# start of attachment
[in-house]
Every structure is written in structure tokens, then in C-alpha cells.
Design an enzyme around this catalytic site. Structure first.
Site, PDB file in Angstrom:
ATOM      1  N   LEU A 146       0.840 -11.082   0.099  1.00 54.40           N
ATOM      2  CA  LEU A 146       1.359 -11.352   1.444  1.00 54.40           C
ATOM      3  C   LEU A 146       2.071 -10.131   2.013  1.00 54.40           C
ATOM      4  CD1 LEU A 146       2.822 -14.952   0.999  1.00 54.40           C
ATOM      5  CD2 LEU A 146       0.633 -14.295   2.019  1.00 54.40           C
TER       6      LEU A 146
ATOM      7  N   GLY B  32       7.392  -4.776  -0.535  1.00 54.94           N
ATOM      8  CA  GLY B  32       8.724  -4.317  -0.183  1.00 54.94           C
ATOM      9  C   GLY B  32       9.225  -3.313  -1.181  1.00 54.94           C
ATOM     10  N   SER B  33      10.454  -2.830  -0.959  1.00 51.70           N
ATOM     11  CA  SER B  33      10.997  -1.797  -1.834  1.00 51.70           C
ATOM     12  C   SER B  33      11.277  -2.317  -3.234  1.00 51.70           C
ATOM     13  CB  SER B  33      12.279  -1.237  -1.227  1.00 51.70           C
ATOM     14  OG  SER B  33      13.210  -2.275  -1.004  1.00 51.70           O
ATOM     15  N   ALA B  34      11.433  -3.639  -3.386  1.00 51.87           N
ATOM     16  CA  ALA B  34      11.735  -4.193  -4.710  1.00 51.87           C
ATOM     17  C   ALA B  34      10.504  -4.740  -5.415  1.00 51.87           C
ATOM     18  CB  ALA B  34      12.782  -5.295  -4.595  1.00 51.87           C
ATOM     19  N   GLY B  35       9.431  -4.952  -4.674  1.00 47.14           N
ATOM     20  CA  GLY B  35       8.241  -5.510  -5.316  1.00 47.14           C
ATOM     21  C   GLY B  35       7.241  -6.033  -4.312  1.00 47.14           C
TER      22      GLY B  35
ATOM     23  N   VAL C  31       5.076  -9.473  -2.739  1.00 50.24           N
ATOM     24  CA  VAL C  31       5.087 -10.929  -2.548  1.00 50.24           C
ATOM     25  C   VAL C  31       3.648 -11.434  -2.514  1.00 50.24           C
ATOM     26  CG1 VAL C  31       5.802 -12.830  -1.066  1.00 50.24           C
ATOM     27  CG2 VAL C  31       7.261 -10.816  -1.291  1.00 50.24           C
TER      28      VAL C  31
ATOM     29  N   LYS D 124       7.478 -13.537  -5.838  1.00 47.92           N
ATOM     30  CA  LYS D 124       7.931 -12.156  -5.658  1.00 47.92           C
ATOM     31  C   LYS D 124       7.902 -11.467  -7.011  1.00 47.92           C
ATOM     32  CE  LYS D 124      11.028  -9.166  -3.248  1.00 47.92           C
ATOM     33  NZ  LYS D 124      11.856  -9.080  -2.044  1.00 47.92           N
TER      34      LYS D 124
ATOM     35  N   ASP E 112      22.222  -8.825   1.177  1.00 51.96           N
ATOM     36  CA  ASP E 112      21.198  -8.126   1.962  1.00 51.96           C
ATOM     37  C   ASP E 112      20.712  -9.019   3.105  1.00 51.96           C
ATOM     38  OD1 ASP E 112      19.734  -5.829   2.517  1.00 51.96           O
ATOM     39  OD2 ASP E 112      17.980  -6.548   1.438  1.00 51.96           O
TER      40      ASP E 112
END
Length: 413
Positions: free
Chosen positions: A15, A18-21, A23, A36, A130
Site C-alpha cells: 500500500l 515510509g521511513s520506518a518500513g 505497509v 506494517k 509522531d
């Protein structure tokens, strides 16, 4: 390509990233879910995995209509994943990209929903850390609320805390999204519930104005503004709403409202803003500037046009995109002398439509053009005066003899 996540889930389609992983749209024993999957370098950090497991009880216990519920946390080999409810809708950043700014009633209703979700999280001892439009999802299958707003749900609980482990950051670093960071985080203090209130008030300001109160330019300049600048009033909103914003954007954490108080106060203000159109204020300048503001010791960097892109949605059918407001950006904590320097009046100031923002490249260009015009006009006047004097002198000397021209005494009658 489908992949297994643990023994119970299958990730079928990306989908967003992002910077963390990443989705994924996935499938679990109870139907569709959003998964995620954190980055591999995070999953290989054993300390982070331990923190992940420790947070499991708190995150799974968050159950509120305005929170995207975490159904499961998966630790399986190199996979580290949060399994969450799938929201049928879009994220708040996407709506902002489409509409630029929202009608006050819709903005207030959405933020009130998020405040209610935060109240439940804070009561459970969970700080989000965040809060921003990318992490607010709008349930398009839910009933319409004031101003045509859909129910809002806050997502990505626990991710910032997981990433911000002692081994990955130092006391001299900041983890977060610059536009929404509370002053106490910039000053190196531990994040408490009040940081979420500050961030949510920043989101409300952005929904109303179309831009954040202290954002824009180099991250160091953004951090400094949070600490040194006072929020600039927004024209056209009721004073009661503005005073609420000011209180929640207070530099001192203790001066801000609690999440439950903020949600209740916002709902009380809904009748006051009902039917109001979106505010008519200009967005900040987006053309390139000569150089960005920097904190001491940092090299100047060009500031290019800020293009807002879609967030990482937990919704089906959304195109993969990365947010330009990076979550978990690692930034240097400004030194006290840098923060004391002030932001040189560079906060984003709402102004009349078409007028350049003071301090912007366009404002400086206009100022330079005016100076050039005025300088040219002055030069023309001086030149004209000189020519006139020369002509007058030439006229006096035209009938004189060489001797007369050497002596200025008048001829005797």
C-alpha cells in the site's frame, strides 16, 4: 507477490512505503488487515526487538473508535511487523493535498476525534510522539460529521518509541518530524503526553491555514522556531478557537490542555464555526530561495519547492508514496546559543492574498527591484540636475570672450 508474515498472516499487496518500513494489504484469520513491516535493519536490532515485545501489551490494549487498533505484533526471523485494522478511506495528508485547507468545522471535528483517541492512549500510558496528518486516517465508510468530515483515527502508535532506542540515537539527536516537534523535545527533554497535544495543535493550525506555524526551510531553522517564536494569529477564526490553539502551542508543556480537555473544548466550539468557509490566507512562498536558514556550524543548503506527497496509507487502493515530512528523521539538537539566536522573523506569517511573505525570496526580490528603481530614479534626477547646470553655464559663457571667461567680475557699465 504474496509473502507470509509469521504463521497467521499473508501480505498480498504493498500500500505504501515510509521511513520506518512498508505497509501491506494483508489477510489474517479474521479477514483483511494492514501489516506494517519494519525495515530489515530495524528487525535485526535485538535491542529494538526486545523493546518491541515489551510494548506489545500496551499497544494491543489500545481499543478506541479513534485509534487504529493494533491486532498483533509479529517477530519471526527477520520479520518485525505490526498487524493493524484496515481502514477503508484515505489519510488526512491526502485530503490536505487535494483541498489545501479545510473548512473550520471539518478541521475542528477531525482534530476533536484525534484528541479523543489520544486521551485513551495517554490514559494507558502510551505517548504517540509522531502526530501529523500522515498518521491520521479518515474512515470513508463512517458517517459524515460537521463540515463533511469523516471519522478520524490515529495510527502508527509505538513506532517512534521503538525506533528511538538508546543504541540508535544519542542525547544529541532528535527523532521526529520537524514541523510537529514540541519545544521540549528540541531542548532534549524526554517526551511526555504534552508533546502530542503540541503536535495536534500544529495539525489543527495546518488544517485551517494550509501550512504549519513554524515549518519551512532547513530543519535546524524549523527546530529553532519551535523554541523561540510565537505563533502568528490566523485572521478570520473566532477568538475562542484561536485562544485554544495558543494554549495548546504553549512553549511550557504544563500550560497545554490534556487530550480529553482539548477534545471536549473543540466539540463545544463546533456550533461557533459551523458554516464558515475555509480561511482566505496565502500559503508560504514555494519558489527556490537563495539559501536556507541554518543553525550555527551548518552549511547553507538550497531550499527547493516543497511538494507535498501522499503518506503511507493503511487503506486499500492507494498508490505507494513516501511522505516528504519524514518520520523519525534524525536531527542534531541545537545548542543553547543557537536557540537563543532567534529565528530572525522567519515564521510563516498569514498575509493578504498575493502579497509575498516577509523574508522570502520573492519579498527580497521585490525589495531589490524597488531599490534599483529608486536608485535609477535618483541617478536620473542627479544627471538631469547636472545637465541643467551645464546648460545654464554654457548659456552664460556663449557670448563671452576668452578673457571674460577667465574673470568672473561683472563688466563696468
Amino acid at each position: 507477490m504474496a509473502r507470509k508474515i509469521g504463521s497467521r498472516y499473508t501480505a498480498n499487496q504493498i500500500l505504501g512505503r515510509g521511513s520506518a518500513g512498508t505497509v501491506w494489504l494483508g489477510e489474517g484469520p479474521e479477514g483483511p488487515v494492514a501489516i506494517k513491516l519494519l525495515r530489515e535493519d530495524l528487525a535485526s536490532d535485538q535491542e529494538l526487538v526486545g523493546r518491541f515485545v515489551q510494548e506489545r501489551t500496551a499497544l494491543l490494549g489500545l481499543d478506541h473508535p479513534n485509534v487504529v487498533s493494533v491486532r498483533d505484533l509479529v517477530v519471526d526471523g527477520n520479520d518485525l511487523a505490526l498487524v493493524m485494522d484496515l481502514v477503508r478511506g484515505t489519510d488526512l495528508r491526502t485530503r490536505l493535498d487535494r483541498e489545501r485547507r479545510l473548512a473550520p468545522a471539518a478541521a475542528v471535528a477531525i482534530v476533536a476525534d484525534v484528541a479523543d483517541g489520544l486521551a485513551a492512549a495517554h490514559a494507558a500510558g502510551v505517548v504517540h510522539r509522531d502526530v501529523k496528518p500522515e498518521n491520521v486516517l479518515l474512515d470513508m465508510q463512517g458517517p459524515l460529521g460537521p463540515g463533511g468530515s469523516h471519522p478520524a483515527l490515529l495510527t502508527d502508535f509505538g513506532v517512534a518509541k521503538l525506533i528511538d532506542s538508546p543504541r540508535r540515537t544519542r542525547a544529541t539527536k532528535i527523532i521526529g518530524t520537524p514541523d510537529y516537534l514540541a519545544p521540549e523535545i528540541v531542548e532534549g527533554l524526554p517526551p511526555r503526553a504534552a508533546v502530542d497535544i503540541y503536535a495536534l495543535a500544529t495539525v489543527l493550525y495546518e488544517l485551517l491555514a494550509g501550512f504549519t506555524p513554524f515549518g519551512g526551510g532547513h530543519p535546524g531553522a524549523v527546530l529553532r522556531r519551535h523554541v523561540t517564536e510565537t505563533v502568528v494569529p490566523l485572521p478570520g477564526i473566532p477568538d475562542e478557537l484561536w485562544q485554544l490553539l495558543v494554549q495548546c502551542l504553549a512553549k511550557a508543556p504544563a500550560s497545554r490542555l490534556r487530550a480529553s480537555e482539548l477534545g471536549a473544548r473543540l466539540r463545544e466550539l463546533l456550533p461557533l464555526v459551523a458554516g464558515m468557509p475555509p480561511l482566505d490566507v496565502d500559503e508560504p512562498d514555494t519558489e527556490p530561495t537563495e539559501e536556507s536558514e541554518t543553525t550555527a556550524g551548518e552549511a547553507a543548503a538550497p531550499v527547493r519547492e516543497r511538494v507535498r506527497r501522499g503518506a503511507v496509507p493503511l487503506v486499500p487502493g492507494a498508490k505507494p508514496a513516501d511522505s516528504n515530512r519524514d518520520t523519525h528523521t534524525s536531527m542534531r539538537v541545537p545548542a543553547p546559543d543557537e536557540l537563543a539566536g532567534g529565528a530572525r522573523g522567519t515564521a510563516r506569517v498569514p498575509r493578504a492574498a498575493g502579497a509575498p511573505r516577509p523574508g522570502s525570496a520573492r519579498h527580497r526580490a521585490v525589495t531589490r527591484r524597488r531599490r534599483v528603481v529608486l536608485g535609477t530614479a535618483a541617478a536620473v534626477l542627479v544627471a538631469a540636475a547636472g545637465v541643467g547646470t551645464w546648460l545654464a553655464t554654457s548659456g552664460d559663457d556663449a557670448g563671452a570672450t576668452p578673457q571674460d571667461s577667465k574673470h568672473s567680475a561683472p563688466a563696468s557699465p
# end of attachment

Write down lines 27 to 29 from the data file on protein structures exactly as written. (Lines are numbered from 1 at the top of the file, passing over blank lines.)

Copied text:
ATOM     23  N   VAL C  31       5.076  -9.473  -2.739  1.00 50.24           N
ATOM     24  CA  VAL C  31       5.087 -10.929  -2.548  1.00 50.24           C
ATOM     25  C   VAL C  31       3.648 -11.434  -2.514  1.00 50.24           C